After dividing remaining work amongst the group members, we convened our meeting to finish making slides individually. On Sunday we reconvened to put our slides together and practice our presentation together for the first time. This gave us the opportunity to begin ironing our flaws and informational inadequacies before our first test presentation to our advisers on Monday.

Saturday, October 4, 2014

Toxic Tour

All the Boston IQP groups were able to come together on Thursday, October 7th for a Toxic Tour in Dudley Square. The teams met Professor Tuler at Ruggles (an orange line stop) to walk to Dudley Square to meet the tour guide. We first went into the ACE building to meet our tour guide, but we sat down at a table. We started by introducing ourselves individually and we had to say one word that came to mind when we heard the words environment and justice. A list was then formulated by the entire group. Then, we were split up into smaller groups to come up with a definition of Environmental Justice. Each group shared their version of a definition they came up with. We also had to choose an item in the basket and explain what it's significance was to the definitions that we came up with. My group happened to have safety goggles and we said that they were a vision into the future of environmental justice and how things are changing.

Old Bus Garage
 We then went outside to the different sites that the tour guide brought us to. After doing the two initial activities, the tour made a lot of sense. Dudley Square is a very poor part of Roxbury, where pollution filled the air and trash was piled up everywhere. Young children would grow up with asthma because of the amount of pollution in that certain area. Every one child with asthma anywhere else was six children who had it in Dudley Square.

Site on the Tour
After walking through Dudley Square and some of Roxbury, I felt that I had learned a lot. I had no idea that such a busy area that many people take to get into Boston had such an effect on the people and the community itself. Overall, I thought the tour was a great eye opener!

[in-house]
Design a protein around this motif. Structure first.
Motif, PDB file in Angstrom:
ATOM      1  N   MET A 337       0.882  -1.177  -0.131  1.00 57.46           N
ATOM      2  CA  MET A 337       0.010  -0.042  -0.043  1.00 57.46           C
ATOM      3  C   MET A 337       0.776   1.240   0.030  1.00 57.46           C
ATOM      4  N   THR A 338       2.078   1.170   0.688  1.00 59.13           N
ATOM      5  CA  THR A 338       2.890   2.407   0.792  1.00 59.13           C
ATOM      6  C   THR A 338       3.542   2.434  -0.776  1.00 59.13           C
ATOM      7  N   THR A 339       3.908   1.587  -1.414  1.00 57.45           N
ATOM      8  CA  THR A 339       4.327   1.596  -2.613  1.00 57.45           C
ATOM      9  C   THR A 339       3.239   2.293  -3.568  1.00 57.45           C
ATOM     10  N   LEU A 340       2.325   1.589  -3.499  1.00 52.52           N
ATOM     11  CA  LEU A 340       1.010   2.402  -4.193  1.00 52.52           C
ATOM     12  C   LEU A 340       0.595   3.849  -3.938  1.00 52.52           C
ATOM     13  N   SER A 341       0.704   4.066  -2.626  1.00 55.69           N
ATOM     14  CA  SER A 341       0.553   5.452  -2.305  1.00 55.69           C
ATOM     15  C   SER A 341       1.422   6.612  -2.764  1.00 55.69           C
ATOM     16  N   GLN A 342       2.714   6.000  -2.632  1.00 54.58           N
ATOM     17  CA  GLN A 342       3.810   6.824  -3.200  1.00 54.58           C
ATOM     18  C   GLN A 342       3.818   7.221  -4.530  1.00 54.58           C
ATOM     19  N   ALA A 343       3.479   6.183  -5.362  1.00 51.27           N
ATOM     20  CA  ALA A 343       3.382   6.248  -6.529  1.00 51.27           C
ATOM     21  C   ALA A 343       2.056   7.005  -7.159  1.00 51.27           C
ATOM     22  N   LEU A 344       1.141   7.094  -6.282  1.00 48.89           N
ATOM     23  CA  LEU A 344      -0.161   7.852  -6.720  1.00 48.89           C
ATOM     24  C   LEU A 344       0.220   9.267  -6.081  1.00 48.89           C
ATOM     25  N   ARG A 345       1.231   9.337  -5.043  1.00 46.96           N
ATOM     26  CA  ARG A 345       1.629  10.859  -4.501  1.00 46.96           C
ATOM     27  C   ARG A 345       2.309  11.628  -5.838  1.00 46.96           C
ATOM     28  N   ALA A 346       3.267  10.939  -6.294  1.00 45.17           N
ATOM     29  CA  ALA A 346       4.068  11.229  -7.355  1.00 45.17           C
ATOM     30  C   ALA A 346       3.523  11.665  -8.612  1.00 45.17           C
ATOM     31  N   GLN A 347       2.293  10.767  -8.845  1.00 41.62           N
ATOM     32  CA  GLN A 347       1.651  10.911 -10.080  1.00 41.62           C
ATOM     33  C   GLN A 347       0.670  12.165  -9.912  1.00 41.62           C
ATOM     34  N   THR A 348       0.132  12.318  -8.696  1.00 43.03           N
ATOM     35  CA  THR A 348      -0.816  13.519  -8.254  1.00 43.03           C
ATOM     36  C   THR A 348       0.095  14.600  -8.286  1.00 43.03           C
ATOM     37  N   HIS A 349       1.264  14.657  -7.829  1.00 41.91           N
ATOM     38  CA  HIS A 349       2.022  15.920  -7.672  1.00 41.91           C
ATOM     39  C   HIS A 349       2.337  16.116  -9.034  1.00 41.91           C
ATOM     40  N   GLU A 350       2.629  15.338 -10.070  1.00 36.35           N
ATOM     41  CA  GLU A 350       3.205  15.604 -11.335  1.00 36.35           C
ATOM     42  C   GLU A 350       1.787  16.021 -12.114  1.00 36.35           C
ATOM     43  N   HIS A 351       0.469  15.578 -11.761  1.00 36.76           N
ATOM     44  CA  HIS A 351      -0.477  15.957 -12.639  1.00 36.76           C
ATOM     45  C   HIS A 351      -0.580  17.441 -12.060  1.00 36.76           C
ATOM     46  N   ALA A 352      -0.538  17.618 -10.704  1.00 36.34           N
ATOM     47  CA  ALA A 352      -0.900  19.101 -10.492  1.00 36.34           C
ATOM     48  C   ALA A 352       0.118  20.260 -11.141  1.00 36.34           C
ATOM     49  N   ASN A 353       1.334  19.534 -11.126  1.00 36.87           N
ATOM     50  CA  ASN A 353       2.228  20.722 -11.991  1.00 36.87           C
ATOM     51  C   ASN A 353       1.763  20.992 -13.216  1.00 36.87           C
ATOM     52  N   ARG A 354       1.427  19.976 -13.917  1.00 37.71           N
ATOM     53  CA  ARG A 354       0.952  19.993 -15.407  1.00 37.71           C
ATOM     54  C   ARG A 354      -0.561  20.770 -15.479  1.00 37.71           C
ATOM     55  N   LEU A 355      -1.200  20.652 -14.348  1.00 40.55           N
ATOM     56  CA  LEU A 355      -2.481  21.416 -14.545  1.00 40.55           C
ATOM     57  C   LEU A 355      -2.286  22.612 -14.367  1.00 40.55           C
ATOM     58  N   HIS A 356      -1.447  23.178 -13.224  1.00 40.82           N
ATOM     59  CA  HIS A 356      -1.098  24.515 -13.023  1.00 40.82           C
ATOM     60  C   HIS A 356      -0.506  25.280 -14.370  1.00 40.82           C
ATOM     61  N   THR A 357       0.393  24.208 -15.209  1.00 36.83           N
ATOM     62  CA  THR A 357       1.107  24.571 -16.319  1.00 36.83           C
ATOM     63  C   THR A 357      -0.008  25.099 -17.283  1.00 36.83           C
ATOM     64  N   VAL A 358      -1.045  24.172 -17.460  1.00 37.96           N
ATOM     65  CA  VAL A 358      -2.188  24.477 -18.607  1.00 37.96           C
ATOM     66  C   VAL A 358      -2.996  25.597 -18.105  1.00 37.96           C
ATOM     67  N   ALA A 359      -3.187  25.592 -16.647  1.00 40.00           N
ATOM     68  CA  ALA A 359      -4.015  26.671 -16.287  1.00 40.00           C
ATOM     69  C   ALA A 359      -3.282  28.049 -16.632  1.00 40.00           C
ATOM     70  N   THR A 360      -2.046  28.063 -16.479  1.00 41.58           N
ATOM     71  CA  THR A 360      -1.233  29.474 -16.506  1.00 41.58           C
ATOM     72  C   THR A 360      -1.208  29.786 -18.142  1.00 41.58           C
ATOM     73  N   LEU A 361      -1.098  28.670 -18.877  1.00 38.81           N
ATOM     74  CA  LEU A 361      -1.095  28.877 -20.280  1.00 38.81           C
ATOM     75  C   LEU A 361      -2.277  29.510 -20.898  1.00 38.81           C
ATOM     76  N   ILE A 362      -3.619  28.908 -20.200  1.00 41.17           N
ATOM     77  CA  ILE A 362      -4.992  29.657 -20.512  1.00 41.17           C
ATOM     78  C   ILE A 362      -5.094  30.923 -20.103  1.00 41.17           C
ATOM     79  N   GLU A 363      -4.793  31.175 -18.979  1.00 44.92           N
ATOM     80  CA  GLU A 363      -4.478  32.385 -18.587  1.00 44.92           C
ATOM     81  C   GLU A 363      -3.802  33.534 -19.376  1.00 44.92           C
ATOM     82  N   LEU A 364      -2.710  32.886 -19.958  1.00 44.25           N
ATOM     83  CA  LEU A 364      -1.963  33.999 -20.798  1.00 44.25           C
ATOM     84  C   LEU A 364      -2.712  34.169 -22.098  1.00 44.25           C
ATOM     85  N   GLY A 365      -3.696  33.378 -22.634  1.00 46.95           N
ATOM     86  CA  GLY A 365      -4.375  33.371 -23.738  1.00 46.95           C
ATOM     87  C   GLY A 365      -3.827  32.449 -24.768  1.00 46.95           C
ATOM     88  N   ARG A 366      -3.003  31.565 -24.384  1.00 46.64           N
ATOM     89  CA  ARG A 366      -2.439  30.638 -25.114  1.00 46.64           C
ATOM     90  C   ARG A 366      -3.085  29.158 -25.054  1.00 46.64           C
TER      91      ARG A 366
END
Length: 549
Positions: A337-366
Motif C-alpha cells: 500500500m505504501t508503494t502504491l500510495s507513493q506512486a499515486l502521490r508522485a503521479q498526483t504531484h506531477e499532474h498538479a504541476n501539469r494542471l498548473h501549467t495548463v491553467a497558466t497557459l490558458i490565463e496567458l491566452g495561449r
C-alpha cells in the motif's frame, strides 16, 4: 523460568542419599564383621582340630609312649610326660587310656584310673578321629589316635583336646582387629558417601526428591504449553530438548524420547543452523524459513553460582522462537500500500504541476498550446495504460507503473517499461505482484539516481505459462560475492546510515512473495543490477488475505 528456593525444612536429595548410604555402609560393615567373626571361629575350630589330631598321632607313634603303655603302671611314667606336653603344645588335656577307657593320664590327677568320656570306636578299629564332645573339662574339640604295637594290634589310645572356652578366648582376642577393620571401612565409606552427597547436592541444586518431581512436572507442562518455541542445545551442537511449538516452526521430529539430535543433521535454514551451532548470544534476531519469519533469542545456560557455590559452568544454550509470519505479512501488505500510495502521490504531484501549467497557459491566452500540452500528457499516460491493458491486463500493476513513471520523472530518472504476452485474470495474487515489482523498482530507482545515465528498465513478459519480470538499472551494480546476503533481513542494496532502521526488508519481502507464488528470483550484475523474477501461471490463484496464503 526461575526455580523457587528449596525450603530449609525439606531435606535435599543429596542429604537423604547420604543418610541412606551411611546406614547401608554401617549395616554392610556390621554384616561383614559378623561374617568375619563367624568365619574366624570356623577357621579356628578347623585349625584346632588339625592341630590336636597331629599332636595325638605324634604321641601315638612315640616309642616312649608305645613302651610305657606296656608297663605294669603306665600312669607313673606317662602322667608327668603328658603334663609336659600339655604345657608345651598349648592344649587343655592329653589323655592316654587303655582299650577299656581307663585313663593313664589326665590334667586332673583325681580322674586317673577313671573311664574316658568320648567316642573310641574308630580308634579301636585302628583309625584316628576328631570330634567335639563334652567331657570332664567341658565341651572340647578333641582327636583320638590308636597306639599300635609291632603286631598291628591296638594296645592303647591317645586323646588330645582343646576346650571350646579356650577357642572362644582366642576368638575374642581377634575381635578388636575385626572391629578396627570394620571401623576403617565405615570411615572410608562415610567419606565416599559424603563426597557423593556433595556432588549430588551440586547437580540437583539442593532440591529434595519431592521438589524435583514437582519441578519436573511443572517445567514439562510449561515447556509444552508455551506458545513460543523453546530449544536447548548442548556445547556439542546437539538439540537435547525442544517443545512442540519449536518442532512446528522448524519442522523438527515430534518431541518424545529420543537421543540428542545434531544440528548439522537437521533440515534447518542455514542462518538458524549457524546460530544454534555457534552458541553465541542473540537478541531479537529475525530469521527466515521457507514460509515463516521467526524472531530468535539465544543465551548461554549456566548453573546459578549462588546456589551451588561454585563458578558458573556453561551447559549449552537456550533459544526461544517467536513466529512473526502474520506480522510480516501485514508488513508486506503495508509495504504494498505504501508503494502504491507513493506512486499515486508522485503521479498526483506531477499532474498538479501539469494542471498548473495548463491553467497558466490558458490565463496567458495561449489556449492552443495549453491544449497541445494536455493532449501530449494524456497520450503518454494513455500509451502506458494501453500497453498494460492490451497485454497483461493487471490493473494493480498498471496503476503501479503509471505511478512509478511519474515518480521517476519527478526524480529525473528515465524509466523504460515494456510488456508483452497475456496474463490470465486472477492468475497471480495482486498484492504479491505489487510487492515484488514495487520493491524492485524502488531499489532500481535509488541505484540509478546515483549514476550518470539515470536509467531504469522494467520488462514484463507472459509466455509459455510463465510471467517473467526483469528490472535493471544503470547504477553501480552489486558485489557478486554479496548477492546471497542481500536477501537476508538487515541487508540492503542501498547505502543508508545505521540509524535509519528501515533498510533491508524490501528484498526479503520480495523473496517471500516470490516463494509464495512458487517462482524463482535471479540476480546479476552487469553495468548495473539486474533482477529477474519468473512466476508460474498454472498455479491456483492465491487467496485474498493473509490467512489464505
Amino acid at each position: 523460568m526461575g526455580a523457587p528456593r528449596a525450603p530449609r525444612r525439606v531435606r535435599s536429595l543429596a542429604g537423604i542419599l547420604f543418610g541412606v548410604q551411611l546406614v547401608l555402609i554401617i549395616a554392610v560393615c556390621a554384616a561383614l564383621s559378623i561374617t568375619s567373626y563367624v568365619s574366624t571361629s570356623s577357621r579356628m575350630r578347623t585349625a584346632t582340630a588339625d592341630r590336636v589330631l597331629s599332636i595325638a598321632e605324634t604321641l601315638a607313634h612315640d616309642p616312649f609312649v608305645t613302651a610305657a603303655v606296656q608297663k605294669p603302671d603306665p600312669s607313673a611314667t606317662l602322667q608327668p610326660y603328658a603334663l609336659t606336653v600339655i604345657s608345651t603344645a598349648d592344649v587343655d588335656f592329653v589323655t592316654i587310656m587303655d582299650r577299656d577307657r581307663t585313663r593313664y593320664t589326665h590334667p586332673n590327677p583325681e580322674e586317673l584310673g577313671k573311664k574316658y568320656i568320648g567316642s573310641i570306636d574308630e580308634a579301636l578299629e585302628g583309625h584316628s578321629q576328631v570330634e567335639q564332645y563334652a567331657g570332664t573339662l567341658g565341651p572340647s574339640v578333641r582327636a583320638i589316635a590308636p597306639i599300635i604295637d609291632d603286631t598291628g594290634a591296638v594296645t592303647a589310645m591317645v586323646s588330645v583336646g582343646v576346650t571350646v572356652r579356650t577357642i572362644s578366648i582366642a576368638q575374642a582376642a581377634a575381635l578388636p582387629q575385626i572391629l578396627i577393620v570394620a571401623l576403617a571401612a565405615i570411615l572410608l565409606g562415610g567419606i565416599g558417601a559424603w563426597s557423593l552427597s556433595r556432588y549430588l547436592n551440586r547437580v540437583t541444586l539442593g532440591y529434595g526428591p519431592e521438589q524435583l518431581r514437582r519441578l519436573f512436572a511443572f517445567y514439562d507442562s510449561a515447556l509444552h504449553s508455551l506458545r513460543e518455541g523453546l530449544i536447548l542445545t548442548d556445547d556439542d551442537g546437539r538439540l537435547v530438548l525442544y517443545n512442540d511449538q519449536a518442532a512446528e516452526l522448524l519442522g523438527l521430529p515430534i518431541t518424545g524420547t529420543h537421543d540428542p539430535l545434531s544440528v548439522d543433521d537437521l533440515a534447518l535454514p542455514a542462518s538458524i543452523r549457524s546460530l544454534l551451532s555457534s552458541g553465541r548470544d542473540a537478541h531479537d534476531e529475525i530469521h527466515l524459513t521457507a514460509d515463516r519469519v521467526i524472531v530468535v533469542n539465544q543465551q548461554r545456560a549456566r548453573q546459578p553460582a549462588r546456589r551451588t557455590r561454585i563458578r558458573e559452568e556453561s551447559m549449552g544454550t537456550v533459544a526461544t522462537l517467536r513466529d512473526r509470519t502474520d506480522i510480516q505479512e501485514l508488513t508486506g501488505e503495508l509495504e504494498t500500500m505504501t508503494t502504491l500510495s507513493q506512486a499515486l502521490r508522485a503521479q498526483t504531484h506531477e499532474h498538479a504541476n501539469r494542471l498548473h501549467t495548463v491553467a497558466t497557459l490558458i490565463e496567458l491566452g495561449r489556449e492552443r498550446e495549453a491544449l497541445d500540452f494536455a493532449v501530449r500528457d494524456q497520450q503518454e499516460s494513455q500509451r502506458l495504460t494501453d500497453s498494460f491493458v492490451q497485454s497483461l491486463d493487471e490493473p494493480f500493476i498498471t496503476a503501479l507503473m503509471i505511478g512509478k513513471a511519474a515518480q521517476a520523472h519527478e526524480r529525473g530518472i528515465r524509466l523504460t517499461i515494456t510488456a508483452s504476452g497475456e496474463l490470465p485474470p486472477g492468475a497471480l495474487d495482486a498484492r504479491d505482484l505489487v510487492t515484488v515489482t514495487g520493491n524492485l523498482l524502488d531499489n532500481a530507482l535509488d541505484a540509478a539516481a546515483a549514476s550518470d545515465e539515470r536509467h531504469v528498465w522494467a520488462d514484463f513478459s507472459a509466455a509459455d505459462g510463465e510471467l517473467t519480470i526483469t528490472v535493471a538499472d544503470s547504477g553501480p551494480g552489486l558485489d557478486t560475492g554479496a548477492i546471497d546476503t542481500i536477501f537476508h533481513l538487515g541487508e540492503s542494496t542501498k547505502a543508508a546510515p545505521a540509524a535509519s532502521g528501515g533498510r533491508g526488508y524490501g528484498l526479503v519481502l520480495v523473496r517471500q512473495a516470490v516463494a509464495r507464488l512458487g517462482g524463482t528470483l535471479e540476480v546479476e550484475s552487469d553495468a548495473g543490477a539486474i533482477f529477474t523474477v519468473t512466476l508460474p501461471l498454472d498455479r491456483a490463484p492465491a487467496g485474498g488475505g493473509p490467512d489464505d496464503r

Wednesday, October 1, 2014

Grant Awards Invitation

The team was invited to attend the Community Clean Energy Resiliency Project Implementation Grant Awards at BCYF Curtis Hall Community Center in Jamaica Plains, MA. Our very own Sponsor, Amy, was in attendance and was recognized for her hard work. The team was fortunate enough to hear Maeve Valley Bartlett, Secretary of the Office of Environmental Affairs as well as Brian Swett, Chief of Environment and Energy of the City of Boston. They each spoke about the efforts in addressing climate change in MA as well as the first round grant winners.
Secretary Maeve Valley Bartlett

Poster of all Awardees & Grants Received
Being able to attend such an event was really a great experience for myself and my teammates. We were able to get a visual of each winner from the poster board at the event, which included (in order): Berkley and Taunton, Boston, Greater Lawrence Sanitary District, Northampton, South Essex Sewerage District, and Springfield. The total grant award was $7,401,500.

Listening to each person speak about the different impacts that the grant money they received will have on their communities was also very exciting to hear. I felt as though all the hard work that the team has been putting in through survey creation and conducting interviews almost came to life. I say this because each winner had a chance to speak and hearing each individual speak correlated with the interviewees we spoke to. It was almost like the positive feedback that we received from the interviewees.

Thursday, September 25, 2014

Data Incoming

Our surveys about the application process have been making their way back to us fairly regularly over the last few days.These surveys were sent out last week to the town managers, energy directors, and any other officials responsible for getting their town's grant applications completed. We have had 13 respondents out of the 43 people who received the surveys.

As students we were able to identify with one of the trends in our survey results. A majority of the respondents did not write anything in the space given for free response. We know that whenever we are asked to write a block of text, but that block of text is optional, we opt out. So did many of our respondents. This leaves us with a question whose answer could help future projects. How do you get someone to actually fill out a free response?